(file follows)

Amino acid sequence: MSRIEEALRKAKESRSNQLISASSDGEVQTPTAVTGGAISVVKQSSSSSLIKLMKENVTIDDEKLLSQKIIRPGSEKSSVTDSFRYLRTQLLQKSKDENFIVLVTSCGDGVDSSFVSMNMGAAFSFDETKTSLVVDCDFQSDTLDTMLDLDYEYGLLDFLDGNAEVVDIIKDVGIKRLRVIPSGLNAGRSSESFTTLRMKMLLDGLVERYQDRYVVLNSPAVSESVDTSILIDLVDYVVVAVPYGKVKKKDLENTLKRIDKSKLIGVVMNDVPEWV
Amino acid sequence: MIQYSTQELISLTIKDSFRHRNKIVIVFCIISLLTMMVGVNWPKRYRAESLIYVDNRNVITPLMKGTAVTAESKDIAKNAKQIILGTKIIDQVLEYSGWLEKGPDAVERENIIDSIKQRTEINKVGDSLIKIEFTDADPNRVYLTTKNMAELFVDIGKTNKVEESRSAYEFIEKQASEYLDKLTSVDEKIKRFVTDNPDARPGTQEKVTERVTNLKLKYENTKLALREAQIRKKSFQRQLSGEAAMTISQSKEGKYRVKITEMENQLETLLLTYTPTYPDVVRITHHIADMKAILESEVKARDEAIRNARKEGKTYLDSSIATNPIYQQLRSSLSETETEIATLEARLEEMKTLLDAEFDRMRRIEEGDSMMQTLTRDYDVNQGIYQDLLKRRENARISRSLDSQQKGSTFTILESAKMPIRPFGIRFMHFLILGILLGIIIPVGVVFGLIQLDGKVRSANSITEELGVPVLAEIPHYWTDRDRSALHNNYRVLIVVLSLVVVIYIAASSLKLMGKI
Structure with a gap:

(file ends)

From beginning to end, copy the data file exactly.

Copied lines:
Amino acid sequence: MSRIEEALRKAKESRSNQLISASSDGEVQTPTAVTGGAISVVKQSSSSSLIKLMKENVTIDDEKLLSQKIIRPGSEKSSVTDSFRYLRTQLLQKSKDENFIVLVTSCGDGVDSSFVSMNMGAAFSFDETKTSLVVDCDFQSDTLDTMLDLDYEYGLLDFLDGNAEVVDIIKDVGIKRLRVIPSGLNAGRSSESFTTLRMKMLLDGLVERYQDRYVVLNSPAVSESVDTSILIDLVDYVVVAVPYGKVKKKDLENTLKRIDKSKLIGVVMNDVPEWV
Amino acid sequence: MIQYSTQELISLTIKDSFRHRNKIVIVFCIISLLTMMVGVNWPKRYRAESLIYVDNRNVITPLMKGTAVTAESKDIAKNAKQIILGTKIIDQVLEYSGWLEKGPDAVERENIIDSIKQRTEINKVGDSLIKIEFTDADPNRVYLTTKNMAELFVDIGKTNKVEESRSAYEFIEKQASEYLDKLTSVDEKIKRFVTDNPDARPGTQEKVTERVTNLKLKYENTKLALREAQIRKKSFQRQLSGEAAMTISQSKEGKYRVKITEMENQLETLLLTYTPTYPDVVRITHHIADMKAILESEVKARDEAIRNARKEGKTYLDSSIATNPIYQQLRSSLSETETEIATLEARLEEMKTLLDAEFDRMRRIEEGDSMMQTLTRDYDVNQGIYQDLLKRRENARISRSLDSQQKGSTFTILESAKMPIRPFGIRFMHFLILGILLGIIIPVGVVFGLIQLDGKVRSANSITEELGVPVLAEIPHYWTDRDRSALHNNYRVLIVVLSLVVVIYIAASSLKLMGKI
Structure with a gap: